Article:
Zeehan /ˈziːʔən/ is a town on the west coast of Tasmania, Australia 139 kilometres (86 mi) south-west of Burnie. It is located north of Strahan, Tasmania and Queenstown, Tasmania. In the early 1900s it had its own council. It is currently part of the Municipality of West Coast. The town was named after the nearby Mount Zeehan which had been named by George Bass and Matthew Flinders after Abel Tasman's Fluyt Zeehaen. The region has one of the oldest histories of any part of Tasmania, when Abel Tasman sighted this part of the state in 1642. An early port for Zeehan was Trial Harbour but it was very precarious in its location on Ocean Beach and was overtaken by Strahan. Zeehan was established as a mining field, then as a town after the Zeehan-Dundas silver-lead deposits were found in 1882 by Frank Long. Mount Zeehan Post Office opened on 1 August 1888 and was renamed Zeehan in 1890.
The peak period for mining was up to the First World War, though lead mining continued on up to 1963 at mines such as the Montana and Oceana. The population of Zeehan-Dundas peaked at 10,000 about 1910, over ten times the current population.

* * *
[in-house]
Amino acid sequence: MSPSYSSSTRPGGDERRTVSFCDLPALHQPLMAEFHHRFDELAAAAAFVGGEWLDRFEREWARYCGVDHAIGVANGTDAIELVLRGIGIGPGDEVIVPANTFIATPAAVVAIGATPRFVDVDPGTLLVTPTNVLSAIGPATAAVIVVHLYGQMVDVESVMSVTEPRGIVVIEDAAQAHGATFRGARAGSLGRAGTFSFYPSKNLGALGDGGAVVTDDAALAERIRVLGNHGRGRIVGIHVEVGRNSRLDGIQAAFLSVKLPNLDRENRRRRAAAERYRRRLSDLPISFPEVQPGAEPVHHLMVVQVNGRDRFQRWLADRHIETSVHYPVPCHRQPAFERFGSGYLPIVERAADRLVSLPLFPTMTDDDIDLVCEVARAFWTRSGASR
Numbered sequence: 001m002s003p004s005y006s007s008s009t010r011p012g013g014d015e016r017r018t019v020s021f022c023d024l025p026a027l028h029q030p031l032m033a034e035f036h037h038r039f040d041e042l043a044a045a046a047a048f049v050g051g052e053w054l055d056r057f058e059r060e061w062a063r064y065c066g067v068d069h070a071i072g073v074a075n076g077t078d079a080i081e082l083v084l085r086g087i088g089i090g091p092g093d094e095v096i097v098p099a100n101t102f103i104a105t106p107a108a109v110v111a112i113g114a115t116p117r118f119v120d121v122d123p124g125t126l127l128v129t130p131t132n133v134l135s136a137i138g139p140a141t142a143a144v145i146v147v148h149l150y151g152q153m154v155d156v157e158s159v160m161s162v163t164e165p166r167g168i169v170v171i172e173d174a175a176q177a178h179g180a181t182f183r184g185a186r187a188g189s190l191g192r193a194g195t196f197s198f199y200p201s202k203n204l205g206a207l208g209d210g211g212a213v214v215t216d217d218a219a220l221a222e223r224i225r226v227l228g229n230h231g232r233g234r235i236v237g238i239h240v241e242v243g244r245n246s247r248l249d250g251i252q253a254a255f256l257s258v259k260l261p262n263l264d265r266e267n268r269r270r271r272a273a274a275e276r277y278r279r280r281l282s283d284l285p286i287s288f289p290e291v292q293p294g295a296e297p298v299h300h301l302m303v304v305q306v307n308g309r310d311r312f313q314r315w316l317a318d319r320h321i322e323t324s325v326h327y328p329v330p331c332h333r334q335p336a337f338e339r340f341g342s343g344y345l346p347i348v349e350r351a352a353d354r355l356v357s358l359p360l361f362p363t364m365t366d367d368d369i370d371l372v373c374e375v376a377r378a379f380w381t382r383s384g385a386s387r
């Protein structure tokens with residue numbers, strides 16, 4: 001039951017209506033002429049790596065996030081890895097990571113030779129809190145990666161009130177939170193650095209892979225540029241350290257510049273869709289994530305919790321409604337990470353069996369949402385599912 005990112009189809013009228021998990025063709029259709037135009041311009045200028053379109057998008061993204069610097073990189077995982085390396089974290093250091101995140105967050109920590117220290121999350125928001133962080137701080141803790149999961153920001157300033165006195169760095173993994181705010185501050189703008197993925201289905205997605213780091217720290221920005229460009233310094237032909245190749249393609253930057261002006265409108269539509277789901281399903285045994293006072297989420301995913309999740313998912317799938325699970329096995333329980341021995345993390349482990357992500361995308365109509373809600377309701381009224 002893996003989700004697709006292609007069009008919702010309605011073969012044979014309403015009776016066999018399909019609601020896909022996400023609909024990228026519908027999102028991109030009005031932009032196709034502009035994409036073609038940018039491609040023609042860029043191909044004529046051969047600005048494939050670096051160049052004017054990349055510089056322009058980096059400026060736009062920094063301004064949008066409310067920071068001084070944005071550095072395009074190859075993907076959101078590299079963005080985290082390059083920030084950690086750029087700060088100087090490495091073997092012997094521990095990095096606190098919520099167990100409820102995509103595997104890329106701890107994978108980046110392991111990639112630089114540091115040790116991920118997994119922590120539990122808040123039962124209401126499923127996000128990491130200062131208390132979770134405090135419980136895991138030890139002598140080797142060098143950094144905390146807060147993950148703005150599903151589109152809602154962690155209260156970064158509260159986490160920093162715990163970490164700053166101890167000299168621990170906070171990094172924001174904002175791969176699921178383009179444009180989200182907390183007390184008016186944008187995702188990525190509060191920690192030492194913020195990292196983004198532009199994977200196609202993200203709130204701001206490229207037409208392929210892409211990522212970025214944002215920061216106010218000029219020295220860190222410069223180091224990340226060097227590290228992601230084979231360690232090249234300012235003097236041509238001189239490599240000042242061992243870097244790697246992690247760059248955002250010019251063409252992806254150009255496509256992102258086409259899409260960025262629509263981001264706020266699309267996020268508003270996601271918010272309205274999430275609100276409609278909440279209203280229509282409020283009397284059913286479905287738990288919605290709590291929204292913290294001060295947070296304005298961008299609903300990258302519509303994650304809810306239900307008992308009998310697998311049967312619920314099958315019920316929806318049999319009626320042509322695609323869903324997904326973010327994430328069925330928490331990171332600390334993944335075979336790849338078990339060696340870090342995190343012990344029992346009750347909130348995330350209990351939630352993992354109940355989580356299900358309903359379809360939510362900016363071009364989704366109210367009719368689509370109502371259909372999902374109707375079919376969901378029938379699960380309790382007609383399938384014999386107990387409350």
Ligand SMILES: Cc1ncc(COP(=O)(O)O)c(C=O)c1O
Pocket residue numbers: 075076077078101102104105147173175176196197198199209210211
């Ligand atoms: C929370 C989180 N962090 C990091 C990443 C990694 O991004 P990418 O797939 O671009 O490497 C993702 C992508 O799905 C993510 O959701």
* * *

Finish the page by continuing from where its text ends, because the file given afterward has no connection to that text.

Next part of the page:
It was clearly in competition with the town further south, Queenstown, and while the silver boom lasted it was known as the Silver City. In the first decade of the twentieth century it was on a par with Launceston and Hobart for size. With a main street over two miles long (3.2 km); it also claimed over 20 hotels. In the 1970s it saw increased activity due to operations at the nearby Renison Bell Tin mine, and again in the 1990s.
At the 2011 census, Zeehan had a population of 728.
MMG Limited Avebury nickel mine, Zeehan Zinc's Comstock Mine and the Bluestone Tin's Renison Bell tin mine are significant economic contributors to the community, but the majority of the town relies on tourism for its survival. Zeehan, like other West Coast mining towns, has seen many booms and busts, making it a living museum full of character and fascinating stories. Today, Zeehan's Main Street is lined with grand old buildings like the Gaiety Theatre, supposedly visited by Dame Nellie Melba, beautifully restored and still entertaining locals and visitors. And for something different, at the end of the street you'll find the Spray Tunnel, a 100-metre abandoned railway tunnel that you can walk, ride or drive through. Nature lovers can enjoy the views from the top of Mount Zeehan, explore the wild West Coast at Trial Harbour and Granville Harbour, climb the massive Henty Dunes behind Australia's longest beach and explore the nearby wilderness. Zeehan is also a fishing hotspot with trout caught at Lake Pieman. Zeehan is a 1 hr 50-min drive (150 km) south-west of Burnie, and a 40-min drive (50 km) north-east of Strahan.